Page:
All content tagged with the term "infant-health".
January 1, 2005 -
This systematic review showed that for the offspring, consequences of inadequate maternal nutrition might depend on the timing of nutritional inadequacy during gestation, reflecting critical windows for fetal development. Therefore, improved diet before pregnancy deserves greater attention.
November 1, 2004 -
The goals of this study were (1) to examine the influence of prenatal nutrition on birth outcomes, (2) to describe research on the effects of macro- and micronutrients on birth outcomes, and (3) to discuss strategies for monitoring diet and implementing nutrition education during pregnancy.
June 1, 2004 -
The researchers examined the effects of prenatal participation in the New York State WIC Program on birthweight through enhanced control of selection bias and gestational age bias. Adjusted estimates showed a significant positive effect of longer prenatal WIC participation on birth outcomes for all of the groups studied.
December 1, 2003 -
The objective of this study was to examine whether socioeconomic status (SES) gradients emerged in health outcomes as early as birth. Results showed that participation in WIC substantially flattened income gradients for short-term participants and virtually eliminated an income gradient among long-term participants. The researcher concluded that WIC’s effects on income gradients warrant additional study, to explore further whether interventions or participants’ characteristics could resolve socioeconomic disparities in such early-life health outcomes as low birthweight.
May 1, 2003 -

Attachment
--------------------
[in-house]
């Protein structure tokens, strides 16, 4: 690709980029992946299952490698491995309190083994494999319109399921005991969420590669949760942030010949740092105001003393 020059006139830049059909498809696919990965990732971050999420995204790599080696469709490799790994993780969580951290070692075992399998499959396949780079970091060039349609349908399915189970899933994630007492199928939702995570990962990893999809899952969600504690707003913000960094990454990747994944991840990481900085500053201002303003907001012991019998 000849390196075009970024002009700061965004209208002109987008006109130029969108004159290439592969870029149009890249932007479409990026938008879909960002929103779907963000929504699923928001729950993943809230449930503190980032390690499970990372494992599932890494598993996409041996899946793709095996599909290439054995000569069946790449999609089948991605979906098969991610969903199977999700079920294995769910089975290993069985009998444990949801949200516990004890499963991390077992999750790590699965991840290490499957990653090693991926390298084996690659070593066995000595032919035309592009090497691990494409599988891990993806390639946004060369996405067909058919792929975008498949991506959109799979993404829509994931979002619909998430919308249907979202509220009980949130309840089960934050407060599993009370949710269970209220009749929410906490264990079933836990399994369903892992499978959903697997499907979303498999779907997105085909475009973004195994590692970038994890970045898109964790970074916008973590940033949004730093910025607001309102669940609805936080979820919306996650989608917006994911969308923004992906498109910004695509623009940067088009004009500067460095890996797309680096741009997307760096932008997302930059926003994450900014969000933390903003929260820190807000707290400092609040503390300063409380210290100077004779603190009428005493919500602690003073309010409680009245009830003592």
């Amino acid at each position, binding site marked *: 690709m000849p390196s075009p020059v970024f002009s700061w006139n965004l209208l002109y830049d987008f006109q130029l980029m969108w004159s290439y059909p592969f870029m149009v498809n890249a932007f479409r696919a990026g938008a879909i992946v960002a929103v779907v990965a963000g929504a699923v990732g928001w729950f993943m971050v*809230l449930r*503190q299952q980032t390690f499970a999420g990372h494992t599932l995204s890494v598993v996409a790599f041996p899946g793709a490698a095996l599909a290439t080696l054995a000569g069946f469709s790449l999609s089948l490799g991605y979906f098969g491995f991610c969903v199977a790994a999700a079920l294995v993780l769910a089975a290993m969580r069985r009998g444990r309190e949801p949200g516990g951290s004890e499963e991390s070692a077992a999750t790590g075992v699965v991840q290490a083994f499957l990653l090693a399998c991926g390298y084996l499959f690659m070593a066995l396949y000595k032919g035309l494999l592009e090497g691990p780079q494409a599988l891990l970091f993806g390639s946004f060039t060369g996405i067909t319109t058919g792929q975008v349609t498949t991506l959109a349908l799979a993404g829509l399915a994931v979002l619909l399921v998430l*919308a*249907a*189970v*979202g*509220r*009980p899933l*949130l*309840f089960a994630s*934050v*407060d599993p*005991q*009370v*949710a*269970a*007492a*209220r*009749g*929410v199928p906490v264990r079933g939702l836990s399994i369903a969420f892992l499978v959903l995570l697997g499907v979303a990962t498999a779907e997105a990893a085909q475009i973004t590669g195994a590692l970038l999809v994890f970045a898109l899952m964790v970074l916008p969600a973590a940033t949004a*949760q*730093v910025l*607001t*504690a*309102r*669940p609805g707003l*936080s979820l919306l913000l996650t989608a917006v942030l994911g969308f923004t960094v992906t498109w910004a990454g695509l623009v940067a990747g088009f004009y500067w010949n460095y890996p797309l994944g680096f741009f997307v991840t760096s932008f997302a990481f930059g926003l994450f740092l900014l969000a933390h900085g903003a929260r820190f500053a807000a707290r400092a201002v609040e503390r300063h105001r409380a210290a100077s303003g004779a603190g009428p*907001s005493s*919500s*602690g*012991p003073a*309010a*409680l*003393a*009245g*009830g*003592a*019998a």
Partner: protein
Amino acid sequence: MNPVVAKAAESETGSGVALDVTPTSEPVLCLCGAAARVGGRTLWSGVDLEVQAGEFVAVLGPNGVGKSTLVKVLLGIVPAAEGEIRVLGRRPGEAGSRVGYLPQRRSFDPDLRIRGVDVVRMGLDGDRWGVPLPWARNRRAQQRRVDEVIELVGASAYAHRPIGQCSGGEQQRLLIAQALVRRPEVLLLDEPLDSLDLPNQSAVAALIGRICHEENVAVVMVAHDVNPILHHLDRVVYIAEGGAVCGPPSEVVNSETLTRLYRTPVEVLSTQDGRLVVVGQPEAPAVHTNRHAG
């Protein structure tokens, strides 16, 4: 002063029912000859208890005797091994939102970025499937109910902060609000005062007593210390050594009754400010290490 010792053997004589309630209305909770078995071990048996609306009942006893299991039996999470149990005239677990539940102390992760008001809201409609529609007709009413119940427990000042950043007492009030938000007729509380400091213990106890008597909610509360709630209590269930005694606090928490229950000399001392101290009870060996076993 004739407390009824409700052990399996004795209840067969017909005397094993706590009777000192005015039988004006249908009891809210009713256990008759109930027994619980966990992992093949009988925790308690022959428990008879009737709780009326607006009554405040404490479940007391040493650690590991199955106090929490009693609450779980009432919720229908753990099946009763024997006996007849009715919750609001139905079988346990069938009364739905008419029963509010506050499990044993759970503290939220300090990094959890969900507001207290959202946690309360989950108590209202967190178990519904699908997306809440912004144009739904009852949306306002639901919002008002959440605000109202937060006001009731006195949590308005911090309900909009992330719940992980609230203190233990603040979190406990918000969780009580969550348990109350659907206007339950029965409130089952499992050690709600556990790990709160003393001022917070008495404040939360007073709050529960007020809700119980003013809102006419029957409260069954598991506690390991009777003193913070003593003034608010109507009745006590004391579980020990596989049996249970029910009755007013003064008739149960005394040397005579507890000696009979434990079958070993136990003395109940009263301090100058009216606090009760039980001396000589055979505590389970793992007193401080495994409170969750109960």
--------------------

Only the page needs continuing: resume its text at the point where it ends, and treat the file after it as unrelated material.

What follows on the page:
This research was done to verify the linkages between the Medicaid prenatal care programs, in response to expansions of the Medicaid eligibility criteria. According to the fully adjusted model, the interventions designed to reduce behaviors like smoking, drinking, and using hard drugs (but not marijuana) during pregnancy had no favorable effects on birthweight. In contrast, participation in the WIC Program was associated with an increase in mean birthweight of 22 grams. The increase was 48 grams among inadequately nourished women only.
March 1, 2003 -
This study analyzed birth outcomes and the cost of infant hospitalization at delivery for black and non-black Medicaid clients, in relation to their level of prenatal participation in the WIC Program. Based on the results, prenatal WIC participation was associated with lower Medicaid costs and better birth outcomes, particularly for blacks.
January 1, 2003 -
The goal of this study was to determine whether perceived levels of social support affected birthweight. Data suggested that infants born to African-American mothers were, on average, 297 grams lighter than those born to white mothers. For African-American mothers only, the mean birthweight decreased significantly as the neighborhood level of economic disadvantage increased. A positive association between perceived levels of social support and birthweight was found for white mothers only.
May 1, 2002 -
This study examined the impact of maternal participation in WIC on birthweight. The authors concluded that after controlling for potential biases, a significant positive association between WIC participation and birthweight was observed.
March 1, 2002 -
The study objective was to determine whether collocation of WIC clinics at managed care provider sites improved health care for infants enrolled in Medicaid and WIC. The findings revealed that compared with other infants, those who visited collocated WIC sites were either closer to their age-appropriate weight or had higher immunization rates when recertified by WIC staff after their first birthday.
February 1, 2002 -
The researchers’ goal was to determine whether the availability of community health and social services was associated with the risk of poor fetal growth for infants born small for gestational age (SGA). There was no association between SGA births and the accessibility of community services for either high- or low-risk women.